In a letter to MACo dated July 9, Congressman Andy Harris of Maryland’s 1st District raised a number of issues and concerns with the ongoing implementation of the Chesapeake Bay’s “pollution diet” and the Total Maximum Daily Load requirements established by the Federal Environmental Protection Agency (EPA), and overseen by the Maryland Department of the Environment.
From the letter:
Real progress in conservation is most often made by partnerships between federal, state, and local efforts, rather than unfunded mandates from unelected bureaucrats. Unfortunately, in testimony before the Subcommittee on Water Resources, the assistant to the EPA Administrator admitted that, in the absence of federal and state funding, local governments will nonetheless be forced to comply, potentially forcing increased taxes and possibly layoffs of teachers and police officers.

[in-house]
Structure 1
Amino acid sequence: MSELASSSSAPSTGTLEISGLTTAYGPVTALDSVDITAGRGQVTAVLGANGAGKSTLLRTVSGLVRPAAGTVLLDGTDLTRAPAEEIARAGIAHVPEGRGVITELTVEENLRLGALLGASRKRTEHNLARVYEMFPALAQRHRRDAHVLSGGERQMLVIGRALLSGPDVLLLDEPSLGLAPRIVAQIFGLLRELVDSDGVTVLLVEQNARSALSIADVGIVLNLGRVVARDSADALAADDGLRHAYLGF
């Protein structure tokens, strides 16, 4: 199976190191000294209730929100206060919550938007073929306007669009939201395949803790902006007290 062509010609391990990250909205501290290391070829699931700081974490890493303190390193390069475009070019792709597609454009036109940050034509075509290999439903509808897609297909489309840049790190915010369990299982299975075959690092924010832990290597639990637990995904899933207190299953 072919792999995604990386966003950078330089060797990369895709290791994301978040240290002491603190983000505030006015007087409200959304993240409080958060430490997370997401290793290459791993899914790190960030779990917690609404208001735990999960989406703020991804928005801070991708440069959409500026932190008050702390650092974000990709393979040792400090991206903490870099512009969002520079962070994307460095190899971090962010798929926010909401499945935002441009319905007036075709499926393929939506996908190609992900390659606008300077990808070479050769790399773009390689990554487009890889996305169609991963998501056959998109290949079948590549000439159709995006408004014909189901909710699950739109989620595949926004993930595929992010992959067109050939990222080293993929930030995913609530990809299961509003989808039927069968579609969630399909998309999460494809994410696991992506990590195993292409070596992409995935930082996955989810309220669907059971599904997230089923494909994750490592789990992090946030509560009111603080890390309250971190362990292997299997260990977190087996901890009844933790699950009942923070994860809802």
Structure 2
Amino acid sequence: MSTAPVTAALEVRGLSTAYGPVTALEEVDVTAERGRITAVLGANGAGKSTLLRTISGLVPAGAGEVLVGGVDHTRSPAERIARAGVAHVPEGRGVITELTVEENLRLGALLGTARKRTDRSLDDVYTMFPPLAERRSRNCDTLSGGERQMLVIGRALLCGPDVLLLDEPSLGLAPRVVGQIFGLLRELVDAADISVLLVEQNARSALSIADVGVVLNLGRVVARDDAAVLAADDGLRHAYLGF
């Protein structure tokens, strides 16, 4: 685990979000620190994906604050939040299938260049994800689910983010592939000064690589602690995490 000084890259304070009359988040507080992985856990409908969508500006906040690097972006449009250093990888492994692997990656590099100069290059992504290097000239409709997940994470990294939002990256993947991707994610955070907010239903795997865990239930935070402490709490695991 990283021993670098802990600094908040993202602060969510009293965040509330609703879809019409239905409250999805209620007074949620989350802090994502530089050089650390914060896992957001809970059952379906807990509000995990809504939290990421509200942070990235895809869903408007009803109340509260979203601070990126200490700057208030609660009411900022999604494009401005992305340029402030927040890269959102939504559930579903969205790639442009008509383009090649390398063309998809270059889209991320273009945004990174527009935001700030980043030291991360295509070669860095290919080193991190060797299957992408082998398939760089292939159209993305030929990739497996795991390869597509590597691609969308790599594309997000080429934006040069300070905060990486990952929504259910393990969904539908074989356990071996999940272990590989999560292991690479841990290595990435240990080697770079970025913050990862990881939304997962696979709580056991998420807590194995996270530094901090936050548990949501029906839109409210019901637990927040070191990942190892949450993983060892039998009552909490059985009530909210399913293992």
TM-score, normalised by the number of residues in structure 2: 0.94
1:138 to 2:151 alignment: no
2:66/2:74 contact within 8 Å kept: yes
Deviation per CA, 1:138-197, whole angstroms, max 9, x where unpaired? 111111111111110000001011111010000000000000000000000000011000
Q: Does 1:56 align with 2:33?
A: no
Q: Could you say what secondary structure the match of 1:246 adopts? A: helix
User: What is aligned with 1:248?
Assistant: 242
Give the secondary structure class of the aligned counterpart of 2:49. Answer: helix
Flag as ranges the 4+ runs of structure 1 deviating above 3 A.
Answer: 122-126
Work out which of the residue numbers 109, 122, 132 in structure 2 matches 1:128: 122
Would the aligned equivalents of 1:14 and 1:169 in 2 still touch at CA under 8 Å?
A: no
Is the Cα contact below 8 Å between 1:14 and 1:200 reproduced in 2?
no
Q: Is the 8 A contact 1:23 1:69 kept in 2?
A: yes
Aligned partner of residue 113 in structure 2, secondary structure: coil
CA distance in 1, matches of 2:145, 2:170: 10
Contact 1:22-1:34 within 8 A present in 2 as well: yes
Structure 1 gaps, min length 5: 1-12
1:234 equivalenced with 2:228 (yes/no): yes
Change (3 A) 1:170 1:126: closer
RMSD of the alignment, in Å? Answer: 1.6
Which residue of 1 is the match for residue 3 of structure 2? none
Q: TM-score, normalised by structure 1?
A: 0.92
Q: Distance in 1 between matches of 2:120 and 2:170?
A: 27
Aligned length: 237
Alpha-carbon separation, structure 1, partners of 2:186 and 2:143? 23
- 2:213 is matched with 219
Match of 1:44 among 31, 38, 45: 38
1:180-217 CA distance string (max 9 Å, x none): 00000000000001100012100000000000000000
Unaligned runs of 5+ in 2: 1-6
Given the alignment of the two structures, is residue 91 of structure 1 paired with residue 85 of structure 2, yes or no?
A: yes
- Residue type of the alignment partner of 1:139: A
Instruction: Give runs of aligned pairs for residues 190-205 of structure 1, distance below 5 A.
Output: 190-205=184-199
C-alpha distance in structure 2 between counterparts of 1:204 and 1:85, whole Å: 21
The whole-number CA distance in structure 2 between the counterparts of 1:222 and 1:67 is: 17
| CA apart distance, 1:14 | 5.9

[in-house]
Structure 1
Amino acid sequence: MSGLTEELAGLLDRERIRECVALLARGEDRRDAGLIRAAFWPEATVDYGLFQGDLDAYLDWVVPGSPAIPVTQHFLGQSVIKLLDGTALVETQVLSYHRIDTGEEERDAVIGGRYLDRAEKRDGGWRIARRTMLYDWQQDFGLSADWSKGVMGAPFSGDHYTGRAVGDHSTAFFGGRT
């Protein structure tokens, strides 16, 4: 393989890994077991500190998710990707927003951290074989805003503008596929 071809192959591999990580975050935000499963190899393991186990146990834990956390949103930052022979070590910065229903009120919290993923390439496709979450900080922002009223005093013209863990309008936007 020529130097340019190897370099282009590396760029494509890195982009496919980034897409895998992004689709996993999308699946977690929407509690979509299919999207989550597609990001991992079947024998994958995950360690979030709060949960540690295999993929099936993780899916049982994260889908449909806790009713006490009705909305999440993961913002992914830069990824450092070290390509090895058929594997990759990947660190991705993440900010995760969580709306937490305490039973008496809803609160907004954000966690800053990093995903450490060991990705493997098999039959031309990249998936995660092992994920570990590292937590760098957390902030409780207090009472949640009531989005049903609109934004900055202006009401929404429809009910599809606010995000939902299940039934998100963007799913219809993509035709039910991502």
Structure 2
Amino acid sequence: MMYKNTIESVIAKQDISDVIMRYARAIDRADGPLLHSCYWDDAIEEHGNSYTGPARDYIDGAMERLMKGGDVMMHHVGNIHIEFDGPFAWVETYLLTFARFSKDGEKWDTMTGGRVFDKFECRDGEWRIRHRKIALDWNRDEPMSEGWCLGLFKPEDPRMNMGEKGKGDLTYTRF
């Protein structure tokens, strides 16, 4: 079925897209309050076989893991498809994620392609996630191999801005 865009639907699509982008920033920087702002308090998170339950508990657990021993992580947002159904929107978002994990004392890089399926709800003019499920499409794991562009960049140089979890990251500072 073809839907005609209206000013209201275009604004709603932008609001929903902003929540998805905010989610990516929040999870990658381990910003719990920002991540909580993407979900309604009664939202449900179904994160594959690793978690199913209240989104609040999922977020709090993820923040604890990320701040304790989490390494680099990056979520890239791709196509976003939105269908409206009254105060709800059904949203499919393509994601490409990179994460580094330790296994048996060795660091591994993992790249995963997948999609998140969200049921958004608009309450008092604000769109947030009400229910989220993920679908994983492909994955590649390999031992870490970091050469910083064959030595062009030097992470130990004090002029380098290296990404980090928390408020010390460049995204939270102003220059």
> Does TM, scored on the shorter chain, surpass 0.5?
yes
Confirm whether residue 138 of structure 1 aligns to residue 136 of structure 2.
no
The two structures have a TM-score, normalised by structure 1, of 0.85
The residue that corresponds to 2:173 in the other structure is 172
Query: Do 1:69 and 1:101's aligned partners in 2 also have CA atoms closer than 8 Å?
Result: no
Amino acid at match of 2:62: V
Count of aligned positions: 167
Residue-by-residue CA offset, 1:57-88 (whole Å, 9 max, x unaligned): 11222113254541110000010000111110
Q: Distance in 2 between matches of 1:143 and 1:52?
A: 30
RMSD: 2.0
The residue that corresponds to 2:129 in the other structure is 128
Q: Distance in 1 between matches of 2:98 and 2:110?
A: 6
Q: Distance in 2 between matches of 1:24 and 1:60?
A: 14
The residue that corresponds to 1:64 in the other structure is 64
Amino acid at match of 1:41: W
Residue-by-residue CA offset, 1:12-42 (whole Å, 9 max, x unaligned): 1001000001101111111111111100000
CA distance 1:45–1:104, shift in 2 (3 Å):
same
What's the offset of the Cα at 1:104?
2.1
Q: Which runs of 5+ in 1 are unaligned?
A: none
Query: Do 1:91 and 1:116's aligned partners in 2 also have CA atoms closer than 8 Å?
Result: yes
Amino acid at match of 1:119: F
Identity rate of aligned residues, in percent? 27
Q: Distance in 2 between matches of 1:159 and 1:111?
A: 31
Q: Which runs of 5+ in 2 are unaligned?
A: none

On his letter, Congressman Harris responded directly to local concerns with a specific and personal note: “Flexibility at the local level is key for these programs to succeed, and I will work for that flexibility.”
Interested parties are reminded that Watershed Implementation Plans are a topic of a workshop at the upcoming MACo summer conference:
Thursday, August 16 3:00 pm ‐ 4:00 pm
ENVIRONMENTAL HEALTH ~ Maryland’s Watershed Implementation Plan: Lots to Do in Phase II
The federally mandated Chesapeake Bay Total Maximum Daily Load (TMDL) requirements for reducing nutrient and sediment runoff into the Chesapeake Bay outline three implementation phases, each requiring a Watershed Implementation Plan (WIP). Under the Phase II WIP, the State and counties are struggling to detail and implement the necessary steps to meet their interim 2017 nutrient and sediment goals. Speakers will discuss the status and timeline of the Phase II WIP and offer advice on the logistical and cost challenges that counties are facing.